In the early 1980s, a fellow engineer (of Chinese descent) told me quite emphatically that he AVOIDED doing ANY business with anything connected to the Chinese (as a nation) because of their unethical behavior. Since this was at a time in history which was less than 10 years removed from Pres. Nixon's historic trip to mainland China, I immediately dismissed his comments as being very biased & bigoted. At that time the world was not so deeply engaged with Chinese manufacturing & trade.
Now, however, as I reflect on those comments from decades ago, and become more aware of the devious business practices that are undertaken AND sanctioned by the "higher-ups", it is becoming more apparent that his comments bore a great deal of validity, SORRY to say!
I'm SURE that with every other endeavor in human relations, one can find the "bad apple" which seems to rise to the fore, make the news, etc. whereas the rest of the barrel of apples goes completely unnoticed and/or unrecognized!
p.s. During his diatribe against the Chinese, he mentioned one startling fact...... he'd MUCH rather engage in business deals with a Japanese company or entity since they ARE so ethical.
In the late 80's during a business trip to Russia I was given a tour of a fabrication facility. Standing on the mezzanine with my interpreter and 2 managers we overlooked a floor with probably 70 lathes and at least 50 milling machines, all being operated. Sitting right in the middle of the floor was a very modern multi-axis CNC machine surrounded by yellow lines on the floor and sitting idle. Upon seeing the CNC machine I asked why it was idle? The manager smiled and said that machine could replace 5 skilled machinists and produce 3-4x the volume, but "you understand in Russia, we can have no unemployment". The only time the CNC machine was operated was when dignitaries from the central Government came to visit. From stories I gather China has smiliar problems.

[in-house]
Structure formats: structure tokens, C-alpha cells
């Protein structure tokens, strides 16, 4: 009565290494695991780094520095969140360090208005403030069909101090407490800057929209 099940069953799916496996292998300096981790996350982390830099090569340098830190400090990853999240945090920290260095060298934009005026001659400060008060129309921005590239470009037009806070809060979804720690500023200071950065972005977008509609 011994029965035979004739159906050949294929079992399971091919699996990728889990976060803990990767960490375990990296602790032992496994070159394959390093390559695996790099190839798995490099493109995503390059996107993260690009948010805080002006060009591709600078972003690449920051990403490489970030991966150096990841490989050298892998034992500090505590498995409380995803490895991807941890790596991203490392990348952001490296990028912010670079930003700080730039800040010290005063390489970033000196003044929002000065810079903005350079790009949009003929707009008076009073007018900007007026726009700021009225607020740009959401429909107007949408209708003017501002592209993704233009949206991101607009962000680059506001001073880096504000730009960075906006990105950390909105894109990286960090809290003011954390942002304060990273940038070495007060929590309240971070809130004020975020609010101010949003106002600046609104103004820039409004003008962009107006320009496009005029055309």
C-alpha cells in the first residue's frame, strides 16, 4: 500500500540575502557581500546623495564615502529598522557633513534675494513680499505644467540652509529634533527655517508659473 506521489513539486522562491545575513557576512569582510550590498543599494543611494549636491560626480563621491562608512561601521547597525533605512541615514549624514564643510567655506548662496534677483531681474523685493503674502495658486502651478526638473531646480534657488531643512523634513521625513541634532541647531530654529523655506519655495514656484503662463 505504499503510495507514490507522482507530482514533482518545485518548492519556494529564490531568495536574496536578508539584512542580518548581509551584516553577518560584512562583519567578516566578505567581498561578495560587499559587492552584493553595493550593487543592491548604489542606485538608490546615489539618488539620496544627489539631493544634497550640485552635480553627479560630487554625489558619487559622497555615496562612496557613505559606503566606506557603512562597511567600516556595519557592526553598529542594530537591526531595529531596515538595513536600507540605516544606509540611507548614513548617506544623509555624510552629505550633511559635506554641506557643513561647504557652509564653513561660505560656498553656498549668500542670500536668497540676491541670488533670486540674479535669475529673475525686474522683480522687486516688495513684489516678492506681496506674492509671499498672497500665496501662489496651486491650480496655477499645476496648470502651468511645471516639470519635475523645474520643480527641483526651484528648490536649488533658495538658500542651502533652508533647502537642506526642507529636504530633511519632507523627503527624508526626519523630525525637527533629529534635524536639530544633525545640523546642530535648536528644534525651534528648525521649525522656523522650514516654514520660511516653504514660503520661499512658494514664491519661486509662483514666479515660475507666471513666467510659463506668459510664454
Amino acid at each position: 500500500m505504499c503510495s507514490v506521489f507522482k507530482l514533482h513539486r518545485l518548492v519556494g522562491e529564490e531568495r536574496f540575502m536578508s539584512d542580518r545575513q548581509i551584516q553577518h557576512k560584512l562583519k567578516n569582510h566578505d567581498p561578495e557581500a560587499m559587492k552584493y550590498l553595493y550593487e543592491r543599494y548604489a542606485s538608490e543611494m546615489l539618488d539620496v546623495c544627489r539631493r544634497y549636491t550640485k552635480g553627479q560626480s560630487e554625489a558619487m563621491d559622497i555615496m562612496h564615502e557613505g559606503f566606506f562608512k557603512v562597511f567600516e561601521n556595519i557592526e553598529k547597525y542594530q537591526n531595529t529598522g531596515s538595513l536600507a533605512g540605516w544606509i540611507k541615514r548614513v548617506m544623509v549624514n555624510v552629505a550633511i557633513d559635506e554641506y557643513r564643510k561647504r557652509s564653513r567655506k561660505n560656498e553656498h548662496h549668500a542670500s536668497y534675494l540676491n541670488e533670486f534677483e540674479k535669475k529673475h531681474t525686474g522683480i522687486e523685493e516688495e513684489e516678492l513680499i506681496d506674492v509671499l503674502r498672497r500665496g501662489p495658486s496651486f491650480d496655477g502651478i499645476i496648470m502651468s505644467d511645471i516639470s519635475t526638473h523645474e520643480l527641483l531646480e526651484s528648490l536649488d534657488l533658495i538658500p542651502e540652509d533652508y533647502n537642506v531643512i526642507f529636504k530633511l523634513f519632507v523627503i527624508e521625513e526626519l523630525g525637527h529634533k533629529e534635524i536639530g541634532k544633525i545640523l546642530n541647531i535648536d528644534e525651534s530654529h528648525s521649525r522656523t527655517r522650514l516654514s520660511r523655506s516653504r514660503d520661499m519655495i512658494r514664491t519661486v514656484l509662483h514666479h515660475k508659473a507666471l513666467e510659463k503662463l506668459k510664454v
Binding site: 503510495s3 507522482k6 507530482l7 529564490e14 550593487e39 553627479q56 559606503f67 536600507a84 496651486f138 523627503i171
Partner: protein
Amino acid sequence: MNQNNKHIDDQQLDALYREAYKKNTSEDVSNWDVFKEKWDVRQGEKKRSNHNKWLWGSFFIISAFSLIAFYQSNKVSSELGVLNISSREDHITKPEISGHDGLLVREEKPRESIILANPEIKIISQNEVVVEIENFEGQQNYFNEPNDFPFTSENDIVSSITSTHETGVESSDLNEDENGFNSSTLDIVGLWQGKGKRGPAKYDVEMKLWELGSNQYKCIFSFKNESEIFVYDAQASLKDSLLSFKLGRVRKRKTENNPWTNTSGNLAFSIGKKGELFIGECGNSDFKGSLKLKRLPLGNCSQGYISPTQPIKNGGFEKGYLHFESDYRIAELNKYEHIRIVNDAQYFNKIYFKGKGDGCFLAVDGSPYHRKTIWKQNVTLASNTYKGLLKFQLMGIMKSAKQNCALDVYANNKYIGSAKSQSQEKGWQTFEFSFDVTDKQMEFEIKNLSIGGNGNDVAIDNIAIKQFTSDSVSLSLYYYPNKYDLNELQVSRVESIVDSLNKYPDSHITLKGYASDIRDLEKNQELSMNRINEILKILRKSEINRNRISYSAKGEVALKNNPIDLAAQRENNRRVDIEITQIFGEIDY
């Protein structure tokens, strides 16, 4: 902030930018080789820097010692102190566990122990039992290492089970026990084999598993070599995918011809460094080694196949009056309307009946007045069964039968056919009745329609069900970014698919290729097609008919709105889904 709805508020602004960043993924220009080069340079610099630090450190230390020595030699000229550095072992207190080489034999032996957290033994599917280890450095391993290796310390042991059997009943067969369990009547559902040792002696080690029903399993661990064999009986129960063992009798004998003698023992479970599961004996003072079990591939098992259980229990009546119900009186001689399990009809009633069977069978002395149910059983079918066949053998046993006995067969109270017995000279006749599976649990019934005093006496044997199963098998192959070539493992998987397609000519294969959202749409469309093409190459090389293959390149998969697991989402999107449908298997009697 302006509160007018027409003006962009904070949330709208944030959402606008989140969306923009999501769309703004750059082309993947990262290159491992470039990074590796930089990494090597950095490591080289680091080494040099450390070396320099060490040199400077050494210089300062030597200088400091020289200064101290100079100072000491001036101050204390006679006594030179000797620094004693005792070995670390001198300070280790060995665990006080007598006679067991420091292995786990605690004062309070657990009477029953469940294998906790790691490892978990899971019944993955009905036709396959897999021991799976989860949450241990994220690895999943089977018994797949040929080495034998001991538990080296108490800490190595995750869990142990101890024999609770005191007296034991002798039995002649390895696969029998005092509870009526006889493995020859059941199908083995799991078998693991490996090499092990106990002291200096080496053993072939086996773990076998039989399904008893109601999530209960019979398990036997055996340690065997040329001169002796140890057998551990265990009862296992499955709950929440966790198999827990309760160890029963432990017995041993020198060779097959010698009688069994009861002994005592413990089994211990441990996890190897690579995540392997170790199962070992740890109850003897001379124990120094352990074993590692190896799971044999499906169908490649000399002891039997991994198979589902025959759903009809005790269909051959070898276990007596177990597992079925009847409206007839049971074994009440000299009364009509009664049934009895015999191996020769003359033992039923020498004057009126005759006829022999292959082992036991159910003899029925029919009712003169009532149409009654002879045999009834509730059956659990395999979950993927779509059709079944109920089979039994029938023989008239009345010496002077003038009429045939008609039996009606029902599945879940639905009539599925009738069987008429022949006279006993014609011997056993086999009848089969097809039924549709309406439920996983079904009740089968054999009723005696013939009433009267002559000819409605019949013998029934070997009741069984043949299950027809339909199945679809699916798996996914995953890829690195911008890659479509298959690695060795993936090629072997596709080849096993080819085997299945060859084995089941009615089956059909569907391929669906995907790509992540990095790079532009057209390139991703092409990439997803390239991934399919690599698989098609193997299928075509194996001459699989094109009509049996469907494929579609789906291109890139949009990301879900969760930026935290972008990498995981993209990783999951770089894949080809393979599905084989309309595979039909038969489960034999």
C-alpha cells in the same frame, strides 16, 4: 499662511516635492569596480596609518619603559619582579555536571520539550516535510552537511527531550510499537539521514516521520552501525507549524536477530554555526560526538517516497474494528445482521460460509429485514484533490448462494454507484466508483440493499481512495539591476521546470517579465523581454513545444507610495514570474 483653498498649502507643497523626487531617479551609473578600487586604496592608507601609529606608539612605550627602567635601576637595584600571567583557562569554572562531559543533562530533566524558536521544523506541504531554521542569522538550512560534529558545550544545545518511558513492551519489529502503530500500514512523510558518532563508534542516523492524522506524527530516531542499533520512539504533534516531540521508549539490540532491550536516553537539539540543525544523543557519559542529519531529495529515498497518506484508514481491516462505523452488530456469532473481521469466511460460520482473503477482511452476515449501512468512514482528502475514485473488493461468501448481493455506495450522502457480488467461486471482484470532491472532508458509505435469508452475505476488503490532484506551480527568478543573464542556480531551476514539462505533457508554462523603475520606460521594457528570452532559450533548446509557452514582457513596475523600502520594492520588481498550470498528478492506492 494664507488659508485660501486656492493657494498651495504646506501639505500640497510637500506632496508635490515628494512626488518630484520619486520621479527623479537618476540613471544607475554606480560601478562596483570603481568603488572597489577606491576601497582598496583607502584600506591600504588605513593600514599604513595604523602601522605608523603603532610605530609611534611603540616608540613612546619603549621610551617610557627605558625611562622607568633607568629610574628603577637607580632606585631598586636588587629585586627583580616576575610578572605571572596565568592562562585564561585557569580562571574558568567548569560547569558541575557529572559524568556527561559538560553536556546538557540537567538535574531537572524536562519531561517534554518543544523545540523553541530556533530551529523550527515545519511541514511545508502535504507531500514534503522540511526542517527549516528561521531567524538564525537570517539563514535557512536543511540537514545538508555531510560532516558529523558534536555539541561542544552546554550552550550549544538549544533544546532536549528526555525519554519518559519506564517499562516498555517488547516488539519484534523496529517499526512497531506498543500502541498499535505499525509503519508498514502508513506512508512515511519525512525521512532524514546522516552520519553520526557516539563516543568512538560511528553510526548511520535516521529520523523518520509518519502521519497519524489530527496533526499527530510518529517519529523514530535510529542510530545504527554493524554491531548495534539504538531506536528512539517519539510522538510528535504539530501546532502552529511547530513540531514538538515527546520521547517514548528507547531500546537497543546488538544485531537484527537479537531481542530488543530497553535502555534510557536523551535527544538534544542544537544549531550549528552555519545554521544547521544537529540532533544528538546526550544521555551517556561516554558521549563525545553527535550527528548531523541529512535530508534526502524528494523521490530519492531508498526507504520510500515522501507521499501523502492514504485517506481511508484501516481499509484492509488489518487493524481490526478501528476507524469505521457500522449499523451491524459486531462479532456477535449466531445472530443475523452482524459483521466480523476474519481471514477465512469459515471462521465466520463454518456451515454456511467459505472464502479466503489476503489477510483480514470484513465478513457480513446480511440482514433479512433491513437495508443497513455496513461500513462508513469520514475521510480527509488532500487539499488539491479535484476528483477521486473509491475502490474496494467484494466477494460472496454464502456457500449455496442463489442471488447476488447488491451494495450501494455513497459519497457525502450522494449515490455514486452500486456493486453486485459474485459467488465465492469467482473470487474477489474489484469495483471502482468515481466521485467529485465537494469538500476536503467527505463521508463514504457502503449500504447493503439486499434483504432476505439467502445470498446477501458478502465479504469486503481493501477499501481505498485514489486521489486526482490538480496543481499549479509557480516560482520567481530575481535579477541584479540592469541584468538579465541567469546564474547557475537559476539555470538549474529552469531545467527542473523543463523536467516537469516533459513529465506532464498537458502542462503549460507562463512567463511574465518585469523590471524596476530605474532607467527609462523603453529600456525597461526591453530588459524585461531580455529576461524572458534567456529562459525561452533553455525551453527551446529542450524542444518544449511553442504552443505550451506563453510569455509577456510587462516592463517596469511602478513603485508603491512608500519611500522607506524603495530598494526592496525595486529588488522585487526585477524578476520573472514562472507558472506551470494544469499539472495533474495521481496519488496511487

Glenn Atchison wrote "When this happened, the unit had to be allowed to cool before any testing could be done. The heating was controlled by a triac (triode for alternating current). When the unit cooled, I monitored the triac control voltage and output voltage. Even when the triac control was not on, it was heating, so the triac was shorted."
"Latchup" is the most common failure mode of triacs. They remain in the "off" (non-conducting) state when power is applied until the trigger voltage is first applied to the gate. Then they turn "on" (conducting) as they should. The problem occurs when the trigger voltage is removed from the gate. The triac should turn off at the first AC voltage zero-crossing but it does not. The device "latches up" and remains conducting until voltage is completely removed from device terminals. In other words, the triac won't reset until the product is completely powered off.
I had the same failure and related symptoms in my 1984 washing machine in about 2007. A new controller board would have cost $350, but they were no longer available. I isolated the problem to the triac, as Glenn did. Also similar to Glenn's experience, I could not get an identically-labelled replacement--no longer made. But triacs are not critical components. Any one with comparable or greater ratings and a similar package will do. Fortunately replacements were available for 37 cents.
Rob, I think that philosophy falls under what in ethics is called utilitarianism. In their minds it brings about a desired result (employment for a large number of people) therefore it is good - the means are not as important as the end. It's especially hard to fight in this case because it is part of their worldview...